b. The development of standardized contracts has led to a
secondary market for swaps, which has increased the liquidity
and efficiency of the swaps market.
C. Futures markets were established for many commodities long
before they began to be used for financial instruments.
D. While the use of derivatives to hedge risk is an important tool for
risk managers, if improperly constructed or if derivatives are used
for speculation purposes, they have the potential to create very
large losses in very short periods.
1. Hedging allows managers to concentrate on running their core
businesses without having to worry about interest rate,
currency, and commodity price variability.
a. If a company can safely and inexpensively hedge its risk, it
should do so.
IX. As businesses become increasingly complex, companies need
to have someone systematically look for potential problems
and design safeguards to minimize potential damage.
A. Risk management involves the management of unpredictable
events that have adverse consequences for the firm.
B. Risk can be classified in many ways and different classifications are
commonly used in different industries.
1. Heres one list that provides an idea of the wide variety of risks
to which a firm can be exposed: pure risks, speculative risks,
demand risks, input risks, financial risks, property risks,
personnel risks, environmental risks, liability risks, and insurable
risks.
2. These risk classifications are somewhat arbitrary, and different
classifications are commonly used in different industries.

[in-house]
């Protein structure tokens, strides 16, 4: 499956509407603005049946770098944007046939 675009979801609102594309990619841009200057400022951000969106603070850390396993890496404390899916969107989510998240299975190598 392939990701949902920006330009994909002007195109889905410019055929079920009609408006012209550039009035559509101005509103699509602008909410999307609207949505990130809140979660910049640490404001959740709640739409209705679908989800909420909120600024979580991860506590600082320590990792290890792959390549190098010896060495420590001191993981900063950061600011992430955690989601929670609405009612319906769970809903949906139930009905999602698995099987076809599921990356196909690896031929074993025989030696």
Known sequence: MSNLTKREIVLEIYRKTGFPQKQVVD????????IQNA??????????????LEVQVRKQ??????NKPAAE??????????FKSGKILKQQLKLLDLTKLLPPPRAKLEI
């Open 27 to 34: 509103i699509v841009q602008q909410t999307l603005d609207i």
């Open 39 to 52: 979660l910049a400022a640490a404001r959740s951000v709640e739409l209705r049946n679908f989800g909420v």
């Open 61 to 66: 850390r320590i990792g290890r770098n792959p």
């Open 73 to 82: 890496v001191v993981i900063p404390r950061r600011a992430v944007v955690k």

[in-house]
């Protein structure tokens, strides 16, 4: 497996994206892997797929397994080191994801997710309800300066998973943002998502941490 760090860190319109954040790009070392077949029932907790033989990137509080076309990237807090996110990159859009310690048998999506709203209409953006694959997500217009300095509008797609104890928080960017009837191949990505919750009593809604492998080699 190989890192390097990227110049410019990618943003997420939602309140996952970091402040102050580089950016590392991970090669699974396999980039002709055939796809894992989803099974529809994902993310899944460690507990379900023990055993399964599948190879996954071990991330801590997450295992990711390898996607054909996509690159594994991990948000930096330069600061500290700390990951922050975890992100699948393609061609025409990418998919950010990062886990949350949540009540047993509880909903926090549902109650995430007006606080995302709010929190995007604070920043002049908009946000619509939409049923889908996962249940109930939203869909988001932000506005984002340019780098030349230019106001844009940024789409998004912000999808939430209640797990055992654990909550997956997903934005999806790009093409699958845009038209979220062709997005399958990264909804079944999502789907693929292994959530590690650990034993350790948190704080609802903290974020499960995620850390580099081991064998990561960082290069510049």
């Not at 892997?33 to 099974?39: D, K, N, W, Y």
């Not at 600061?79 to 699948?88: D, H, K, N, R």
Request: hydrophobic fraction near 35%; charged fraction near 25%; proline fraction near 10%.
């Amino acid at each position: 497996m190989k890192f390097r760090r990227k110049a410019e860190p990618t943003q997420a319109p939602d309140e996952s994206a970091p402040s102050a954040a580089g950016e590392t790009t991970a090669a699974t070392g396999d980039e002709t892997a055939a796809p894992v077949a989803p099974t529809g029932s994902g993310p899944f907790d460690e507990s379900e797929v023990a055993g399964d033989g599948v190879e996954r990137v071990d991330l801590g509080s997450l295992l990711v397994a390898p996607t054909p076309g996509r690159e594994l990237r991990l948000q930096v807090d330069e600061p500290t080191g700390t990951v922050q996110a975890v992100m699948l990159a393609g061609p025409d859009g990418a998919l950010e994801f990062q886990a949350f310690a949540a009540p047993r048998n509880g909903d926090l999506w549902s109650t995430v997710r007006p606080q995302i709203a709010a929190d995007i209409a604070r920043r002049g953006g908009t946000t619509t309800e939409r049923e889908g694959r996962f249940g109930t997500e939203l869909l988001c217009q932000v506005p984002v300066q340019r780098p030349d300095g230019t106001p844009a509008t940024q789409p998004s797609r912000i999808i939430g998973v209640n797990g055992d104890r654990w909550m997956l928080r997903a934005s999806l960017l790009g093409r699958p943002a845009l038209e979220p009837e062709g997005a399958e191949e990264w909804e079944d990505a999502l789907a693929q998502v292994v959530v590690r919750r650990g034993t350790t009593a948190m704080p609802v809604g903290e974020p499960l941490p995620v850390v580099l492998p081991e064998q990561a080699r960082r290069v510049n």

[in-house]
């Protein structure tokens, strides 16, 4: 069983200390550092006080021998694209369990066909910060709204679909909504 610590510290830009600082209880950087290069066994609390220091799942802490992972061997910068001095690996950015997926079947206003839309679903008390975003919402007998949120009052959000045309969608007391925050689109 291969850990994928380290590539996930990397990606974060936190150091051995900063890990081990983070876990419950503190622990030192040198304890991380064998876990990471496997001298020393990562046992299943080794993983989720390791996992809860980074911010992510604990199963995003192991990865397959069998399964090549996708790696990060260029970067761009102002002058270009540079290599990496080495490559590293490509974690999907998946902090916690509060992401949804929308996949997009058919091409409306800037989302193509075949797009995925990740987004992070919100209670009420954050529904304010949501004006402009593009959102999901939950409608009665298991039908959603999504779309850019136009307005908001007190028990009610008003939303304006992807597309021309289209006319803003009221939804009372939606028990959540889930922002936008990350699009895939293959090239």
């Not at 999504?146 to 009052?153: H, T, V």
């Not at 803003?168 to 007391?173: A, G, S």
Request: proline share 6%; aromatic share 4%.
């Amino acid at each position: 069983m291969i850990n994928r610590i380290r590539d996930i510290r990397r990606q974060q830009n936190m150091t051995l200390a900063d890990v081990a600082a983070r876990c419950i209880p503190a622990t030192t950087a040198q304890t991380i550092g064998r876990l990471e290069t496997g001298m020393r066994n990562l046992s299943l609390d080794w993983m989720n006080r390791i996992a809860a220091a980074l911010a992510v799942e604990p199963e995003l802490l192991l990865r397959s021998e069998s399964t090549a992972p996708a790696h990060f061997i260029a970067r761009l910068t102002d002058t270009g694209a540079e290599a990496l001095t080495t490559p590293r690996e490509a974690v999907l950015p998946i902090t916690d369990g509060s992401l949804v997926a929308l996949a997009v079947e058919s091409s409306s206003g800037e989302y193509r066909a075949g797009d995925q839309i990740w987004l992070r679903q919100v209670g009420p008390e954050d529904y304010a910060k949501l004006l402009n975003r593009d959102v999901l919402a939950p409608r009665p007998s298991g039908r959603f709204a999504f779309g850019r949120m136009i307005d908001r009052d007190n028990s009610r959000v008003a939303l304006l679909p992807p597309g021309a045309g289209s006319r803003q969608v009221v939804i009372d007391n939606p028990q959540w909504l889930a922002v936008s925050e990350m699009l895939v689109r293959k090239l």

C. Firms often use the following three-step approach to risk
management: (1) identify the risks faced by the firm; (2) measure
the potential effect of the risks identified; and (3) decide how each
relevant risk should be handled.
D. There are several techniques used to reduce risk exposure:
1. Transfer the risk to an insurance company. Often, it is
advantageous to insure against, and hence transfer, a risk.
a. Insurability does not necessarily mean that a risk should be
covered by insurance.
b. It might be better for the company to self-insure, which
means bearing the risk directly rather than paying to have
another party bear the risk.
2. Transfer the function that produces the risk to a third party. In
some situations, risks can be reduced most easily by passing
them on to some other company that is not an insurance
company.
3. Purchase derivative contracts to reduce risk. Firms use
derivatives to hedge risk.
4. Reduce the probability of the occurrence of an adverse event. In
some instances, it is possible to take action to reduce the
probability that an adverse event will occur.
5. Reduce the magnitude of the loss associated with an adverse
event.
6. Totally avoid the activity that gives rise to the risk.
E. Risk management decisions, like all corporate decisions, should be
based on a cost/benefit analysis for each feasible alternative.
1. The same financial management techniques applied to other
corporate decisions can also be applied to risk management
decisions.